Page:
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Computing grid hunts for bird flu cure

Grid of 2,000 computers looks for a potential virus inhibitor among known compounds.

Scientists in the United Kingdom and Asia have deployed a computing grid to find a potential cure for Avian flu.

The Particle Physics and Astronomy Research Council (PPARC) said Thursday that it put up a grid computing project, which was originally designed for particle physicists to perform data searches, for an international effort aimed at locating drug components to combat the virus H5N1, known as the Avian flu. The virus has taken a deadly toll on bird populations in Asia and Europe, and scientists fear it could spread to humans, causing a flu pandemic.

As part of the international collaboration, known simply as the "Grid," about 2,000 computers from various research labs were used throughout April to run a drug discovery application and analyze 30,000 different compounds for a potential virus inhibitor. Scientists are now reviewing results from the computer screening to predict which compounds and chemical fragments would be most effective at blocking the virus if it mutated, according to PPARC.

"With the help of the high-speed computing and huge data managing capabilities of the Grid, possible drug components can be screened and studied very rapidly by the available computer modeling applications," Ying-Ta Wu, biologist at the Genomics Research Center of the Academia Sinica in Taipei, said in a statement.

Wu, whose lab participated in Grid, added: "This will free up medicinal chemists' time to better respond to instant, large-scale threats."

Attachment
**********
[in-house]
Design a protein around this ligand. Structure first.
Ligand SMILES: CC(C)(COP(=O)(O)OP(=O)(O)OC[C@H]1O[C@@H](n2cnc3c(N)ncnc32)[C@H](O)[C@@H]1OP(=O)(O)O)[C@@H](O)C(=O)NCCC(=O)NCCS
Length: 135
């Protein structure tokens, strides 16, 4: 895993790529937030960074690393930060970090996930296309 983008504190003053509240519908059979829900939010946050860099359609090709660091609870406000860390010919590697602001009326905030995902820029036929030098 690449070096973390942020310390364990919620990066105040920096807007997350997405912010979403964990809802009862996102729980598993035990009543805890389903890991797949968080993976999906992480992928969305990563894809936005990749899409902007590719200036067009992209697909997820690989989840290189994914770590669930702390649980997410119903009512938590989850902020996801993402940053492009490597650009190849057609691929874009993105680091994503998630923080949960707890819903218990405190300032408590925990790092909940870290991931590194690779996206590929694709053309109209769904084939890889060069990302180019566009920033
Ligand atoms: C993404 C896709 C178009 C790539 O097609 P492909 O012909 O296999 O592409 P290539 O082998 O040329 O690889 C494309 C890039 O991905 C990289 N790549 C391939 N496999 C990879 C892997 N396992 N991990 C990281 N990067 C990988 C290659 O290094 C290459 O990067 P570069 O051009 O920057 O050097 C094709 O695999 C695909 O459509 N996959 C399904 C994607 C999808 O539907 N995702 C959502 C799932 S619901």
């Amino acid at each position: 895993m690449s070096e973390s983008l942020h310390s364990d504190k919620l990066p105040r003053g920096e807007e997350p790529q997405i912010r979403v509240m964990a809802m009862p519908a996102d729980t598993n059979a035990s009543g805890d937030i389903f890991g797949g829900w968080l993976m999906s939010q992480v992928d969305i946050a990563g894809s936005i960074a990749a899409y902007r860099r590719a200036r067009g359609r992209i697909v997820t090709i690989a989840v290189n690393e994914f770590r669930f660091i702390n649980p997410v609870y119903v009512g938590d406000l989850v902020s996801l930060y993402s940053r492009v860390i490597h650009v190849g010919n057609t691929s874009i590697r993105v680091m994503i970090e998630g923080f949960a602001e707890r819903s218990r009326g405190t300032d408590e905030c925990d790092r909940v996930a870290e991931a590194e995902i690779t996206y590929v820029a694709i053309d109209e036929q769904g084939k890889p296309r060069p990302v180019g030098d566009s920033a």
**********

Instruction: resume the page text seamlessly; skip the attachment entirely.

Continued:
The total computing power used during the four weeks in April was equivalent to the power used more than 100 years on a single PC. The application created more than 60,000 files with a data volume of 600 gigabytes, according to the researchers.

PPARC contributed to the international effort a computing grid initiative known as GridPP, which is a searchable database of particle physics experiments. It evolved to work within a larger grid computing project known as Enabling Grids for E-sciencE (EGEE) that lets scientists share resources and involves PCs at 11 research labs and universities. Alone, those PCs put in 100,000 hours of time searching for possible drug components to work against Avian flu.

"With these results, the Grid demonstrates that it is a powerful and reliable resource for scientists, opening up new research possibilities and improving existing methods," said Viviane Reding, European Commissioner for Information Society and Media.

A host of scientists joined together to deploy the global drug discovery application. They included the Academia Sinica Grid Computing Team in Taiwan; Corpuscular Physics Laboratory of Clermont-Ferrand in France; and the Institute for Biomedical Technologies, CNR, in Italy.